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Notable New     Yorkers
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Mary LaskerMary Lasker
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Part:         Session:         Page of 1143

Lasker:

I don't see any way around it. You see, the truth is that in England and in Russia the average length of life is approximately the same it is in the United States, maybe a couple of years less, but they claim the same approximately. The Russians claim a little lower death rate than ours, because they have a very large number of doctors who do maybe not complicated surgery and who are not highly trained but they are at least able to give antibiotics or vaccinations or do simple things that keep the level of the health of the population fairly high. But if the United States had as many doctors per capita really well trained and health insurance so that everybody would have the right to get care when they need it, the average length of life here would be even better because our average income is higher and it would enrich the energy and productivity of the people, to say nothing about averting needless tragedies by the millions every year, of disabilities and unnecessary deaths.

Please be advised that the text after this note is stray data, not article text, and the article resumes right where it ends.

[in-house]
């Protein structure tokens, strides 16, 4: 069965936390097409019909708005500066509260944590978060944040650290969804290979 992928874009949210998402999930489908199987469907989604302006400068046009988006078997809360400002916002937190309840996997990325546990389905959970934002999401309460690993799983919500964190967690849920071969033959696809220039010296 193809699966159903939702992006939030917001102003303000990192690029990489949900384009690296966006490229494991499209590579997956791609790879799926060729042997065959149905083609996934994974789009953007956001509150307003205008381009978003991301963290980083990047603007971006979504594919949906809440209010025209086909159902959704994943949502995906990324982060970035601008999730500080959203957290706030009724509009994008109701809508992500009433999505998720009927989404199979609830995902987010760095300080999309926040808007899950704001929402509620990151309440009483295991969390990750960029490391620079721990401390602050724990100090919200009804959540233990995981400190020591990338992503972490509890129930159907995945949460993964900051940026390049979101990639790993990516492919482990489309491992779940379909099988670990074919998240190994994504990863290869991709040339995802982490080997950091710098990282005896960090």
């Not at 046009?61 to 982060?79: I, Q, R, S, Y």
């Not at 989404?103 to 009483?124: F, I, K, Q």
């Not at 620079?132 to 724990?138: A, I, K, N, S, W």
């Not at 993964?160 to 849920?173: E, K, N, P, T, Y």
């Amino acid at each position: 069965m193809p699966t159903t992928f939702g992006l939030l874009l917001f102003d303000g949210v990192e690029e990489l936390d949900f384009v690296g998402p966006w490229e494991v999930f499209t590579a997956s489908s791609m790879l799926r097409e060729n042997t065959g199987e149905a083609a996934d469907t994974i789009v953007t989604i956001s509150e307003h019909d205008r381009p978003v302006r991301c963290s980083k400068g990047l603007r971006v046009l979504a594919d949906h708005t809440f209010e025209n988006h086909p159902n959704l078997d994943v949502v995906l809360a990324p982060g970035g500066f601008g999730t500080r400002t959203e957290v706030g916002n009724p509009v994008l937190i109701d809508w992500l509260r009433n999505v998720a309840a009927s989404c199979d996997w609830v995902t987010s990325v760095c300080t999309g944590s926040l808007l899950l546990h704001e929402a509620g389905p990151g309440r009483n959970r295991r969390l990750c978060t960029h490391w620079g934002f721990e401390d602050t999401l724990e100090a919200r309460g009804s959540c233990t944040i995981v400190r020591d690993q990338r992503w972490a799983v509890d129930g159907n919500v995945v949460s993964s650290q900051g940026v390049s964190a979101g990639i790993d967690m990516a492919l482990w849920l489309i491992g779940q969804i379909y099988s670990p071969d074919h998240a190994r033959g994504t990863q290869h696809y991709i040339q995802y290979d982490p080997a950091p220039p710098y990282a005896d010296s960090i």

Q:

Then, of course, that leads right up to another problem; that is, the problem of ageing and...

Lasker:

Ageing is enhanced by arteriosclerosis and cancer. You can age without having either of these diseases, as far as we know, but let us have answers to cancer and arteriosclerosis and the prime of life will be prolonged in a way. There will an average of 10 years put on the average length of life in the United States, maybe 15.



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